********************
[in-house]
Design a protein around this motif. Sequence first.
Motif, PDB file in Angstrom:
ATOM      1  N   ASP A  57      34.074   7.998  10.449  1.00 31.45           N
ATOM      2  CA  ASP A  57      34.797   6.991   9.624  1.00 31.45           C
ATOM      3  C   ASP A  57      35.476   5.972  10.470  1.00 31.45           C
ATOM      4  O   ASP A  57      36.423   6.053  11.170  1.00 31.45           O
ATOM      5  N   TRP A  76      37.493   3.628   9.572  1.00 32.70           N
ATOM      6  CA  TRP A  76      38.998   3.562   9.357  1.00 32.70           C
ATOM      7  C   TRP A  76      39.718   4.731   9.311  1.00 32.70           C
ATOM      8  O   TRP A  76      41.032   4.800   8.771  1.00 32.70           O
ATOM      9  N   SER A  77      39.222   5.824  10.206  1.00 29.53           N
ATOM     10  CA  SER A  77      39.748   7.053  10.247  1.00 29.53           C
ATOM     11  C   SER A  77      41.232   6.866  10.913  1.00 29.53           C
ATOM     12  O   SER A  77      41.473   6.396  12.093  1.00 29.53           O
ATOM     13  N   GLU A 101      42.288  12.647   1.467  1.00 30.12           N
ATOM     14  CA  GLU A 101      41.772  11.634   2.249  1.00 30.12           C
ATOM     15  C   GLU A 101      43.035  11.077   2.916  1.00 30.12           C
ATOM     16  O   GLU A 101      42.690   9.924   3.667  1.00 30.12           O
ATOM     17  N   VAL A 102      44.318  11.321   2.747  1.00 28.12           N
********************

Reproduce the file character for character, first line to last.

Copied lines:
[in-house]
Design a protein around this motif. Sequence first.
Motif, PDB file in Angstrom:
ATOM      1  N   ASP A  57      34.074   7.998  10.449  1.00 31.45           N
ATOM      2  CA  ASP A  57      34.797   6.991   9.624  1.00 31.45           C
ATOM      3  C   ASP A  57      35.476   5.972  10.470  1.00 31.45           C
ATOM      4  O   ASP A  57      36.423   6.053  11.170  1.00 31.45           O
ATOM      5  N   TRP A  76      37.493   3.628   9.572  1.00 32.70           N
ATOM      6  CA  TRP A  76      38.998   3.562   9.357  1.00 32.70           C
ATOM      7  C   TRP A  76      39.718   4.731   9.311  1.00 32.70           C
ATOM      8  O   TRP A  76      41.032   4.800   8.771  1.00 32.70           O
ATOM      9  N   SER A  77      39.222   5.824  10.206  1.00 29.53           N
ATOM     10  CA  SER A  77      39.748   7.053  10.247  1.00 29.53           C
ATOM     11  C   SER A  77      41.232   6.866  10.913  1.00 29.53           C
ATOM     12  O   SER A  77      41.473   6.396  12.093  1.00 29.53           O
ATOM     13  N   GLU A 101      42.288  12.647   1.467  1.00 30.12           N
ATOM     14  CA  GLU A 101      41.772  11.634   2.249  1.00 30.12           C
ATOM     15  C   GLU A 101      43.035  11.077   2.916  1.00 30.12           C
ATOM     16  O   GLU A 101      42.690   9.924   3.667  1.00 30.12           O
ATOM     17  N   VAL A 102      44.318  11.321   2.747  1.00 28.12           N